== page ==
Keep in mind that most of the techniques here are valid presuming that round-off error due to prior calculations is not a factor. E.g. you *could* use `roundf`

, like this:

```
float z = 1.0f;
if (roundf(z) == z) {
printf("integer\n");
} else {
printf("fraction\n");
}
```

The problem with this and other similar techniques (such as `ceilf`

, casting to `long`

, etc.) is that, while they work great for whole number constants, they will fail if the number is a result of a calculation that was subject to floating-point round-off error. For example:

```
float z = powf(powf(3.0f, 0.05f), 20.0f);
if (roundf(z) == z) {
printf("integer\n");
} else {
printf("fraction\n");
}
```

Prints "fraction", even though (3^{1/20})^{20} should equal 3, because the actual calculation result ended up being *2.9999992847442626953125*.

Any similar method, be it `fmodf`

or whatever, is subject to this. In applications that perform complex or rounding-prone calculations, usually what you want to do is define some "tolerance" value for what constitutes a "whole number" (this goes for floating-point equality comparisons in general). We often call this tolerance *epsilon*. For example, lets say that we'll forgive the computer for up to +/- 0.00001 rounding error. Then, if we are testing `z`

, we can choose an epsilon of 0.00001 and do:

```
if (fabsf(roundf(z) - z) <= 0.00001f) {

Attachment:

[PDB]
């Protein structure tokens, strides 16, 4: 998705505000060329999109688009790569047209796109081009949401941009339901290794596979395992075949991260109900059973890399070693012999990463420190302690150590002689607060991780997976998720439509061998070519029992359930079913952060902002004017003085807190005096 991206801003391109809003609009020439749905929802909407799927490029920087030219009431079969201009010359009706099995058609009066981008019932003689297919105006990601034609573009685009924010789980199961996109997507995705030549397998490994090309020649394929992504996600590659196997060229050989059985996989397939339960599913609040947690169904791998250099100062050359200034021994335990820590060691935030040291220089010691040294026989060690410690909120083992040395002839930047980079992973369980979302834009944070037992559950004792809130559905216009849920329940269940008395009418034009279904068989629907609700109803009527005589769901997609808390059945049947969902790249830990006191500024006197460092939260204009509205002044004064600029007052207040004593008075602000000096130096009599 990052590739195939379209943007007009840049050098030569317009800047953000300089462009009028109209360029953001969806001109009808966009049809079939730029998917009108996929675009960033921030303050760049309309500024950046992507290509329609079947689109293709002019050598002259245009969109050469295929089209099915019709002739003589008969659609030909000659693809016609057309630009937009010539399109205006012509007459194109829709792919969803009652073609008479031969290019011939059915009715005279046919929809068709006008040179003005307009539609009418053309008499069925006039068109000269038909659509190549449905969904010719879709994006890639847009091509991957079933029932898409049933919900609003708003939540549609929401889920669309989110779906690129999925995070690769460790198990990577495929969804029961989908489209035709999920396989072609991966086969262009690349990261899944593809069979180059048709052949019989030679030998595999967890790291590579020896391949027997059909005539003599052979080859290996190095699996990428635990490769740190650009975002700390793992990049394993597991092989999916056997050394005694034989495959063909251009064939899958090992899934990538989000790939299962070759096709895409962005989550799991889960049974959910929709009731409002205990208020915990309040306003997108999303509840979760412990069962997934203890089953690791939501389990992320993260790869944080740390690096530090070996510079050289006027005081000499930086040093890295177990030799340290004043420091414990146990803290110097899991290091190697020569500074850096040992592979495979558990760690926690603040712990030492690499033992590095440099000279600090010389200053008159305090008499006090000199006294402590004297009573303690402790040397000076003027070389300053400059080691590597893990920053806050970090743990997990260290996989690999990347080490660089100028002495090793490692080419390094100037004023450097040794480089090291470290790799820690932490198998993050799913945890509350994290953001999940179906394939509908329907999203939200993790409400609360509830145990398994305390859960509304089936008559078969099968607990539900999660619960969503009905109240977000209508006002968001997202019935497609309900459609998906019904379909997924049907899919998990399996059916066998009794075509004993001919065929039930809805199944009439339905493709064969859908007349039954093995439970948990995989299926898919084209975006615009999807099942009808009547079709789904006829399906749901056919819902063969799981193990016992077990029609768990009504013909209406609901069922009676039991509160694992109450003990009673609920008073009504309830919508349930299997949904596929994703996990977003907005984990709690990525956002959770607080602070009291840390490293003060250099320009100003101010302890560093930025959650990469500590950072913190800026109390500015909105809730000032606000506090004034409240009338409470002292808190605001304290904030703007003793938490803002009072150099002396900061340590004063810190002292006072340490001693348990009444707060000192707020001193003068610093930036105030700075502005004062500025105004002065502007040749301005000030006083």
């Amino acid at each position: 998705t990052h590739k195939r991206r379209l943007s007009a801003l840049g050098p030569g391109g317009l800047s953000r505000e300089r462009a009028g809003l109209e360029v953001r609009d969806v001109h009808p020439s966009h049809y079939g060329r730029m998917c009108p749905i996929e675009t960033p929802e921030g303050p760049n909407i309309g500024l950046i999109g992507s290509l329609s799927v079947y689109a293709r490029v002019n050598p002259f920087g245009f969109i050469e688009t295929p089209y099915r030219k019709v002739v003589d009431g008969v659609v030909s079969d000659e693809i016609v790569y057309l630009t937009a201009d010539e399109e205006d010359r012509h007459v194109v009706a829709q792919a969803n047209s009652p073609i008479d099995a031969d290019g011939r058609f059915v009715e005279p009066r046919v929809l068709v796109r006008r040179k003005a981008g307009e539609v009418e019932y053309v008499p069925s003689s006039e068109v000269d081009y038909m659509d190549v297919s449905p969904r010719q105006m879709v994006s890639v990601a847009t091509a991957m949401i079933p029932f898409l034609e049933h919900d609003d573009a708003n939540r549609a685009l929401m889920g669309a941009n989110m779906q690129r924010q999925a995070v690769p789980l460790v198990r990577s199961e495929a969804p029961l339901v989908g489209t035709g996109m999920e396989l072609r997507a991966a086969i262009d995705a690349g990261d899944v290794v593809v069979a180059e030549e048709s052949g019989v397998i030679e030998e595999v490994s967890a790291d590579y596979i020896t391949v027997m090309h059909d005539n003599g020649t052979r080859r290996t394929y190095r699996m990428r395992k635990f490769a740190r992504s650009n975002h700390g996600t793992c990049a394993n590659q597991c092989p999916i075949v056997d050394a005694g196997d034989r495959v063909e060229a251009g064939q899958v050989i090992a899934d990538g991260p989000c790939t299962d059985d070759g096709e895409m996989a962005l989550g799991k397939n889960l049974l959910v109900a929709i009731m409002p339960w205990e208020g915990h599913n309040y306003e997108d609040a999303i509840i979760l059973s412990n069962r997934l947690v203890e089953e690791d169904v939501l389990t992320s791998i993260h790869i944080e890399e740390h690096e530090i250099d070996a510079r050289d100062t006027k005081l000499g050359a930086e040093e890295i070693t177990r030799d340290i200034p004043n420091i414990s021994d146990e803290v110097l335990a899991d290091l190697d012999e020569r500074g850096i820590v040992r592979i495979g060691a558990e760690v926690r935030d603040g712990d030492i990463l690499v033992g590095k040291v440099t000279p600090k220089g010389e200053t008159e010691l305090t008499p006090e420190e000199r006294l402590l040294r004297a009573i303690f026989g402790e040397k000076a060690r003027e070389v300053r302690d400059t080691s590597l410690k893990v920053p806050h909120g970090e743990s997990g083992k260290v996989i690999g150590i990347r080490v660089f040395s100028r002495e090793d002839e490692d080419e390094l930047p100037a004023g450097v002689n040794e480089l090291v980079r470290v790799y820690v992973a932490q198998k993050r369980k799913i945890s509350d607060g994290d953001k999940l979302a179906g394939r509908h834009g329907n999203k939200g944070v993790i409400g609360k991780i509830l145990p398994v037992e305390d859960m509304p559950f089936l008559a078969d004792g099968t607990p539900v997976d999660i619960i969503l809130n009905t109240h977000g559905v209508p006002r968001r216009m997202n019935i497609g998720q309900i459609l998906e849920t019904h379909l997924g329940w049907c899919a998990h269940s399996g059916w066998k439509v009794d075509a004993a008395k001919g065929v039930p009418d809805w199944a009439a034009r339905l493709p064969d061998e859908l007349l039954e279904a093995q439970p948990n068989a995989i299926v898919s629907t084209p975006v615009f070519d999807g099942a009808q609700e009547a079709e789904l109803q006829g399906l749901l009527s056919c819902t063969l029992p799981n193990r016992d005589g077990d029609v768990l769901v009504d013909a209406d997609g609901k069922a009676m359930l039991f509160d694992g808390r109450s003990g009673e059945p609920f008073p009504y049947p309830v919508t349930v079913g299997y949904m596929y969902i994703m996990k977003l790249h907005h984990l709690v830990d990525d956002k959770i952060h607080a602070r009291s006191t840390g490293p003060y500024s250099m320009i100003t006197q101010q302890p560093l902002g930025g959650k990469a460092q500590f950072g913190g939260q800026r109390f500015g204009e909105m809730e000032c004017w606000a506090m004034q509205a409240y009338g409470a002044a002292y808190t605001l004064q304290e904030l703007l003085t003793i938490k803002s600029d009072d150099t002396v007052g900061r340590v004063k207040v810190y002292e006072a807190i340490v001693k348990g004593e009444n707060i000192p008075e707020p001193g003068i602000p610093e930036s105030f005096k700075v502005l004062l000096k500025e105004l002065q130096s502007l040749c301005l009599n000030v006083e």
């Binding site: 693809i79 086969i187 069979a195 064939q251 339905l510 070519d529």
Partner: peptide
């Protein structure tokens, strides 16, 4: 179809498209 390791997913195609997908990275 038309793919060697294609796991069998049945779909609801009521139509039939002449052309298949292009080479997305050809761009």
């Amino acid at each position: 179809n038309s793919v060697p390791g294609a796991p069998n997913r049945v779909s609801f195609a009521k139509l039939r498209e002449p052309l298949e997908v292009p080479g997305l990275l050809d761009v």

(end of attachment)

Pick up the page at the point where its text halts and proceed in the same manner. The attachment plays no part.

printf("integer\n");
} else {
printf("fraction\n");
}
```

You don't really want to use `ceilf`

here because e.g. `ceilf(1.0000001)`

is 2 not 1, and `ceilf(-1.99999999)`

is -1 not -2.

You could use `rintf`

in place of `roundf`

if you prefer.

Choose a tolerance value that is appropriate for your application (and yes, sometimes zero tolerance is appropriate). For more information, check out this article on comparing floating-point numbers.

`float`

, presumably it's because you want to do floating point arithmetic on it. Then your question becomes: does this variable, whose value is somewhat fluffy in domain-specific ways and in ways that depend on how carefully you do the arithmetic, have a value that's fluffily integral? To answer that meaningfully, you need to consider the domain-specific fluffiness. Or, put another way: what is this scenario in which the correct approach is not to store your value in an`int`

of the appropriate size? – John Marshall Apr 28 '11 at 13:47